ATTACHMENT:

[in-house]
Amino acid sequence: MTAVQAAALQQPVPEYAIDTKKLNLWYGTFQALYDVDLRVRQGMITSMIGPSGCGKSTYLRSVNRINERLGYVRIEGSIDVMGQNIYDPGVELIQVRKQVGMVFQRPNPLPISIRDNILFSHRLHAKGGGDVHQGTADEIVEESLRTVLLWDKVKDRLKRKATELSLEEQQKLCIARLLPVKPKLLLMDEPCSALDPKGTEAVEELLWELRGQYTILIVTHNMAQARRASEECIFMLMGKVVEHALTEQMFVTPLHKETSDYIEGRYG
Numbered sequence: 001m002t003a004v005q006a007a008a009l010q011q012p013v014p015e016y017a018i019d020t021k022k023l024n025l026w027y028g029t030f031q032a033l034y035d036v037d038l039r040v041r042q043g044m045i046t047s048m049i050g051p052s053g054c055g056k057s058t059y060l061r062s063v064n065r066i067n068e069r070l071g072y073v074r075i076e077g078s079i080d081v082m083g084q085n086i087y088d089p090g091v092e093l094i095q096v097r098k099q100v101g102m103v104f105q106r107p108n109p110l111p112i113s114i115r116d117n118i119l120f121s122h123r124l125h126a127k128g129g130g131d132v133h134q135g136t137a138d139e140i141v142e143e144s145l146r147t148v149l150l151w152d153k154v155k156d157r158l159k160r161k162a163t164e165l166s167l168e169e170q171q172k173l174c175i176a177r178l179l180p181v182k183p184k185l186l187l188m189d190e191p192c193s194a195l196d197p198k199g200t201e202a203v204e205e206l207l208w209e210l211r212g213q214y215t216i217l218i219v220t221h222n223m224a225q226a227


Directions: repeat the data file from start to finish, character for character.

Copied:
[in-house]
Amino acid sequence: MTAVQAAALQQPVPEYAIDTKKLNLWYGTFQALYDVDLRVRQGMITSMIGPSGCGKSTYLRSVNRINERLGYVRIEGSIDVMGQNIYDPGVELIQVRKQVGMVFQRPNPLPISIRDNILFSHRLHAKGGGDVHQGTADEIVEESLRTVLLWDKVKDRLKRKATELSLEEQQKLCIARLLPVKPKLLLMDEPCSALDPKGTEAVEELLWELRGQYTILIVTHNMAQARRASEECIFMLMGKVVEHALTEQMFVTPLHKETSDYIEGRYG
Numbered sequence: 001m002t003a004v005q006a007a008a009l010q011q012p013v014p015e016y017a018i019d020t021k022k023l024n025l026w027y028g029t030f031q032a033l034y035d036v037d038l039r040v041r042q043g044m045i046t047s048m049i050g051p052s053g054c055g056k057s058t059y060l061r062s063v064n065r066i067n068e069r070l071g072y073v074r075i076e077g078s079i080d081v082m083g084q085n086i087y088d089p090g091v092e093l094i095q096v097r098k099q100v101g102m103v104f105q106r107p108n109p110l111p112i113s114i115r116d117n118i119l120f121s122h123r124l125h126a127k128g129g130g131d132v133h134q135g136t137a138d139e140i141v142e143e144s145l146r147t148v149l150l151w152d153k154v155k156d157r158l159k160r161k162a163t164e165l166s167l168e169e170q171q172k173l174c175i176a177r178l179l180p181v182k183p184k185l186l187l188m189d190e191p192c193s194a195l196d197p198k199g200t201e202a203v204e205e206l207l208w209e210l211r212g213q214y215t216i217l218i219v220t221h222n223m224a225q226a227